Groundwater over-abstraction presents a global challenge that threatens the sustainable economic and social development of many communities, especially in the face of progressive competition for water and climate variability in arid and semi-arid regions. Under this scenario of resource depletion, lack of or poor governance is increasingly used as a scapegoat to explain enduring groundwater overuse, and when applied “well”, as a solution to improve groundwater use and management.
With a particular look at the case of the Middle East and North Africa (MENA), where up to 90% of groundwater use goes into agriculture, a study recently published in WIREs Water examines the shortcomings of existing policy and regulatory frameworks established under the objective to fix or improve groundwater governance to achieve sustainable resource use.
Current approaches to groundwater governance generally focus on improving legal frameworks, monitoring and controlling access and abstraction through permits or formal rights. In addition, improving enforcement of rules and regulations and prescribing community-based local management are seen as cornerstone components of good groundwater governance systems.
However, these same approaches have failed to acknowledge and reconcile the fundamental dynamics and properties of groundwater as a natural resource, and of governance as a social and political phenomenon. This is primarily due to policy makers’ and implementers’ narrow conceptualization of what governance is. The conceived amalgamation of governance with normative sustainable management recipes remains part of the problem. Specific resource management concepts (e.g., use efficiency, access registration, and use allocation) get equated with and applied as governance.
As a result, these current “good groundwater governance” paradigms prescribe and create interventions that are ultimately narrow in scope as they do not fully account for fundamental resource limitations bounded by environmental functions, making registration and control difficult. In addition, they disregard power dynamics and consequent inequalities in the distribution of and access to the benefits from groundwater.
The authors of this study introduce and re-frame groundwater governance as an inherent process of any structured society, shaped by the various forms of (and dynamics in) capital and power of actors with a stake in groundwater. Hence, governance cannot be prescribed and developed as an agreed and linear process of policy decision and implementation of management rules. Also, groundwater governance cannot simply be considered “good” or “bad” as it is the conglomerate expression of transactional realities affecting the resource and its stakeholders. Moreover, the debate should not be about whether governance is “good” based on an indicator of effective implementation of managerial approaches. It should be about solving fundamental natural resource protection, distribution and use challenges in a broader context of socio-economic and sustainable development, explicitly including multiple user realities and demands inherent to society.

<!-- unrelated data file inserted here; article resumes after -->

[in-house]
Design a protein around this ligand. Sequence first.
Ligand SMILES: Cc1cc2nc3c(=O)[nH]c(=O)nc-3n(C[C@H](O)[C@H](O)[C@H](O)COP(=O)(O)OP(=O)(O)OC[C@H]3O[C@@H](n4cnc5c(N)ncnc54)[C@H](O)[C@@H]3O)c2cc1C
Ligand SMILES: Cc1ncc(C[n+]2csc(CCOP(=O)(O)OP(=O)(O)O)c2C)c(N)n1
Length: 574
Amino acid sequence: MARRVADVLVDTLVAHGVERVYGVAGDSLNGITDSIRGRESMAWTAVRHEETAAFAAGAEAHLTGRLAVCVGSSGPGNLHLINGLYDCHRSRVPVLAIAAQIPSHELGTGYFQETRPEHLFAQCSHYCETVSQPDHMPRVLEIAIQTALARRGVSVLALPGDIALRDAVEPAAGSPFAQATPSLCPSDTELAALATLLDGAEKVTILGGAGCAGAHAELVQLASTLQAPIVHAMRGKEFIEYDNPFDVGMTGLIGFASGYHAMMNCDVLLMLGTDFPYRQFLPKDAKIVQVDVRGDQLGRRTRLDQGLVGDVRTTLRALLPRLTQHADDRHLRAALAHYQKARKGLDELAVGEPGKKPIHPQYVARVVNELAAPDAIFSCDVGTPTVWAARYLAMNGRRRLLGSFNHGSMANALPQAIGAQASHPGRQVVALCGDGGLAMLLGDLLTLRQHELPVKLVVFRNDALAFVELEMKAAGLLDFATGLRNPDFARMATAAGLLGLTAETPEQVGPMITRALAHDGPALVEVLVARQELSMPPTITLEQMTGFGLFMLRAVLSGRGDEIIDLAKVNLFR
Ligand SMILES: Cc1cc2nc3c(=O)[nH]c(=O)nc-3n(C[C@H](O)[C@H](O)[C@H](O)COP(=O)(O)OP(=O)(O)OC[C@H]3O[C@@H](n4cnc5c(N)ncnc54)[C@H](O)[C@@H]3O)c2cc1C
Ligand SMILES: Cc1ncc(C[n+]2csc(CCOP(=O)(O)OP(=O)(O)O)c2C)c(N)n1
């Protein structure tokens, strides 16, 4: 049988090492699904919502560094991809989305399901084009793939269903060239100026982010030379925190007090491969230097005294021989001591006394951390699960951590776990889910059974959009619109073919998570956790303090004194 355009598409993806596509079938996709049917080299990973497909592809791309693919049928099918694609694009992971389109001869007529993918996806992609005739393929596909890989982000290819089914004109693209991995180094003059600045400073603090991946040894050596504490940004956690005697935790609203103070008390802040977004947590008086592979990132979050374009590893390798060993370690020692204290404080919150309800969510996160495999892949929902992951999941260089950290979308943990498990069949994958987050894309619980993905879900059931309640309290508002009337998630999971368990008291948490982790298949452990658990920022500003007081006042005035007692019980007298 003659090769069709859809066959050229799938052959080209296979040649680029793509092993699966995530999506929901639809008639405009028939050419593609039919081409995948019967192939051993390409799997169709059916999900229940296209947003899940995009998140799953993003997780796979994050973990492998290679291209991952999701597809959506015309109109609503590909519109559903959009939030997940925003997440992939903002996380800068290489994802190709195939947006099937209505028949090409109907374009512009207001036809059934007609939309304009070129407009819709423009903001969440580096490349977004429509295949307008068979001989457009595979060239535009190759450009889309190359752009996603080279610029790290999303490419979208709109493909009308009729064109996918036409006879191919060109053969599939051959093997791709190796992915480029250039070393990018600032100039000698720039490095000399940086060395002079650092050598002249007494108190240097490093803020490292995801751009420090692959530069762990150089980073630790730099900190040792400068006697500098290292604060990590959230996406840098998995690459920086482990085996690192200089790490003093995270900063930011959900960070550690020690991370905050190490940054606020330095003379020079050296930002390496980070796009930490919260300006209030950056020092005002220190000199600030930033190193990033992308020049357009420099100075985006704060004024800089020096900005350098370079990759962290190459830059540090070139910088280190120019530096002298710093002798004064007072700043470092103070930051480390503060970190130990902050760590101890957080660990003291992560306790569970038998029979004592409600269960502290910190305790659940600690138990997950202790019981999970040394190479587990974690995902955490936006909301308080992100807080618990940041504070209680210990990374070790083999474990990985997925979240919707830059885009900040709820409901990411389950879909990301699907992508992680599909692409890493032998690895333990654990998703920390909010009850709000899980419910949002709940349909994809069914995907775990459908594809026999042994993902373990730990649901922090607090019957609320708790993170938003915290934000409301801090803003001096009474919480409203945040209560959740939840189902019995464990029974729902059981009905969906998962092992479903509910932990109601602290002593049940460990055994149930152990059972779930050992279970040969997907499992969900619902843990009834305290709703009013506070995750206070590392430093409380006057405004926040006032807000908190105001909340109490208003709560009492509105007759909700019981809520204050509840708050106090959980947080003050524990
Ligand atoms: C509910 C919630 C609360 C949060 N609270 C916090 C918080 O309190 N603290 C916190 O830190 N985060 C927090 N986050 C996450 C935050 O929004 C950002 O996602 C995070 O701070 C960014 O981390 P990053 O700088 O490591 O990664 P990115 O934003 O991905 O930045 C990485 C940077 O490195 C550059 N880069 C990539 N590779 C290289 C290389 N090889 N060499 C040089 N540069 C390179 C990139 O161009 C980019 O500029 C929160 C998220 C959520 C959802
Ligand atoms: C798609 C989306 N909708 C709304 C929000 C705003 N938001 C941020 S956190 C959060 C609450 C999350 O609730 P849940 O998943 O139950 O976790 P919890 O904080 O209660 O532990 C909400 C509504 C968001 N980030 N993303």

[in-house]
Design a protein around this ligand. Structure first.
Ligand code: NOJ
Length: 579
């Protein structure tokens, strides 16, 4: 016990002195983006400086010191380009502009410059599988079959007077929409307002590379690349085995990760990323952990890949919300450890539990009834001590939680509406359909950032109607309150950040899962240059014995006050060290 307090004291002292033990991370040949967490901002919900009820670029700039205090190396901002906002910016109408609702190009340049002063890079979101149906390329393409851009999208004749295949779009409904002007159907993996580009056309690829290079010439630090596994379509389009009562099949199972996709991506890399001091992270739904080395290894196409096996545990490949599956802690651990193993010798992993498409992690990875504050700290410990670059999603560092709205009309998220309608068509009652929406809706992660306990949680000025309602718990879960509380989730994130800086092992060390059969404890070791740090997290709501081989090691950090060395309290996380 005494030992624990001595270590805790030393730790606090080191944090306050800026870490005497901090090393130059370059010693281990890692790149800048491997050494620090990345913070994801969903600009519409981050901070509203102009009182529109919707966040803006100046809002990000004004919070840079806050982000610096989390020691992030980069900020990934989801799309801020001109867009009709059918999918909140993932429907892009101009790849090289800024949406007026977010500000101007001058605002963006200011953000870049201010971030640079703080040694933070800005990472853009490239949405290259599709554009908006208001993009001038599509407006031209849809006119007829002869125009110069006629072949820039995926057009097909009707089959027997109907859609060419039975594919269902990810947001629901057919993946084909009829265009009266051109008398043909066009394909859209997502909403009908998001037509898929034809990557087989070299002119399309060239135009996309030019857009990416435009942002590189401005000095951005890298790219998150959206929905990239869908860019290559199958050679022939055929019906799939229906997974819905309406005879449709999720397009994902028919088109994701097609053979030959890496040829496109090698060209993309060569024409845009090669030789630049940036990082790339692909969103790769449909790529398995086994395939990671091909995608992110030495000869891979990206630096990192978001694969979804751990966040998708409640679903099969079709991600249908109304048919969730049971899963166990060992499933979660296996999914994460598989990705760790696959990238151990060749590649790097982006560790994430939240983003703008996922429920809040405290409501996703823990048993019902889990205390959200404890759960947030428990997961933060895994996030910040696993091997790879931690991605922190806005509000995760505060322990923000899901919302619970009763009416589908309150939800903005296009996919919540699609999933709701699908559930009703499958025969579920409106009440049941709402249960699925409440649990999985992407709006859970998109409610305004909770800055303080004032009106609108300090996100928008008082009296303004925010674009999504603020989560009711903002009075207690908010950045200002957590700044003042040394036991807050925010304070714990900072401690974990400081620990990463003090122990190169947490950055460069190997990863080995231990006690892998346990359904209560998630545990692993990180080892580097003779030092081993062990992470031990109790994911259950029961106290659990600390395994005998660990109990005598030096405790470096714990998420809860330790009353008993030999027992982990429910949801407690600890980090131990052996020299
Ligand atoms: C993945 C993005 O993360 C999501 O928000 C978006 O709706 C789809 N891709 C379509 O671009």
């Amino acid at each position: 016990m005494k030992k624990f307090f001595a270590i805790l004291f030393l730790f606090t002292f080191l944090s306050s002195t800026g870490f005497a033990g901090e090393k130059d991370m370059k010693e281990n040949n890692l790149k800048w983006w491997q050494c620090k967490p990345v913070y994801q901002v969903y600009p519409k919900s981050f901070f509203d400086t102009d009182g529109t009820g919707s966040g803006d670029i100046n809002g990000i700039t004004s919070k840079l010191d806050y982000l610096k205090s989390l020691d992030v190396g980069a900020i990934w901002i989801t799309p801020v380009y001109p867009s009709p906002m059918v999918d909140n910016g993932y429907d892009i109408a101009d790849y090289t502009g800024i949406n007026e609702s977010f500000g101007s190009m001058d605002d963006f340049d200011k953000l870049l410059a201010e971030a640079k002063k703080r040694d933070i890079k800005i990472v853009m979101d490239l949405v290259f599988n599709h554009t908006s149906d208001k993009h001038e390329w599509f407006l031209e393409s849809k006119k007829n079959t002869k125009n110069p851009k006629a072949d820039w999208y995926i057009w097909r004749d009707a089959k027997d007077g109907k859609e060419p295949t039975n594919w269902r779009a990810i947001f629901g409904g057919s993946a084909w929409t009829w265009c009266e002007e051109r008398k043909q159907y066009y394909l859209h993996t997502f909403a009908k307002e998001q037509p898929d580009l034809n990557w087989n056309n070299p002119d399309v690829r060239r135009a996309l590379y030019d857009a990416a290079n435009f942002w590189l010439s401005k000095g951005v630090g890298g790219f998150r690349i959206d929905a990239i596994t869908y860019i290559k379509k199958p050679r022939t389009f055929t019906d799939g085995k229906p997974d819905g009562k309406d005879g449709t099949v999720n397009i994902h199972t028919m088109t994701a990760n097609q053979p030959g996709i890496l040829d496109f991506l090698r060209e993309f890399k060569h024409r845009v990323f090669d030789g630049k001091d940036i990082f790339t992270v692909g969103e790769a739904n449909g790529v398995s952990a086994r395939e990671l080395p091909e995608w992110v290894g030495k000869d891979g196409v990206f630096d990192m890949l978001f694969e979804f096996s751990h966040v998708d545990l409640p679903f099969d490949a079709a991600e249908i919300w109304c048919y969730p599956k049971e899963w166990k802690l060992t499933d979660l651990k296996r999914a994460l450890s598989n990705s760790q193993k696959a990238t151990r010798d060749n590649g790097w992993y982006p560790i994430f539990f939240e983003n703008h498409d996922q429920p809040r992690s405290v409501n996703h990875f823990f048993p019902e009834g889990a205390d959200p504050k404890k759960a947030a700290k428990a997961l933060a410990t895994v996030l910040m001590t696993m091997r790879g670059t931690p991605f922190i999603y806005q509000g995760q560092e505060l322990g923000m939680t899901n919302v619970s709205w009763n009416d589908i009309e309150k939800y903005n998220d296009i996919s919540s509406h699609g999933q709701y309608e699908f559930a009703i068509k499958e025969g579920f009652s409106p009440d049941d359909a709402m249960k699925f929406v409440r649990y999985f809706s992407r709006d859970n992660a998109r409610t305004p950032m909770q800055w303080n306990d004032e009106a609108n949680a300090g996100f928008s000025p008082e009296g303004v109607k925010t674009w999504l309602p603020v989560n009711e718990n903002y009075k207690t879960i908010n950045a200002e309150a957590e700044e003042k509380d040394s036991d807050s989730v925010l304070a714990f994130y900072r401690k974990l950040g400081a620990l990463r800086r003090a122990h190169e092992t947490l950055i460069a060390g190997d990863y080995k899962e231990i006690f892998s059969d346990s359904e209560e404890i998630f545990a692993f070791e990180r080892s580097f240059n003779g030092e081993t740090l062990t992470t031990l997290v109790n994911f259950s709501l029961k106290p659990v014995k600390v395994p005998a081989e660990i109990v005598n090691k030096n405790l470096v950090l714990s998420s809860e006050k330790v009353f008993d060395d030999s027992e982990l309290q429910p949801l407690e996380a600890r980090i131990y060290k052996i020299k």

Under a re-framed concept of groundwater governance, the team proposes that the barriers to sustainable and equitable groundwater use in irrigated agricultural systems, as in the MENA region, arise precisely from existing governance structures that tend to maintain and defend a status quo of power relations and benefit accrual from groundwater.
From this, solving the groundwater governance conundrum to deliver better environmental and social outcomes is, at its core, a fairness/equity issue between uses and users, including the environment. Unless this issue is put at the center of groundwater governance studies and discussions in contexts similar to the MENA region, these will fail to fully address the main issues revolving around groundwater governance, and the solutions and recommendations put forward will be partial at best.
Kindly contributed by the authors.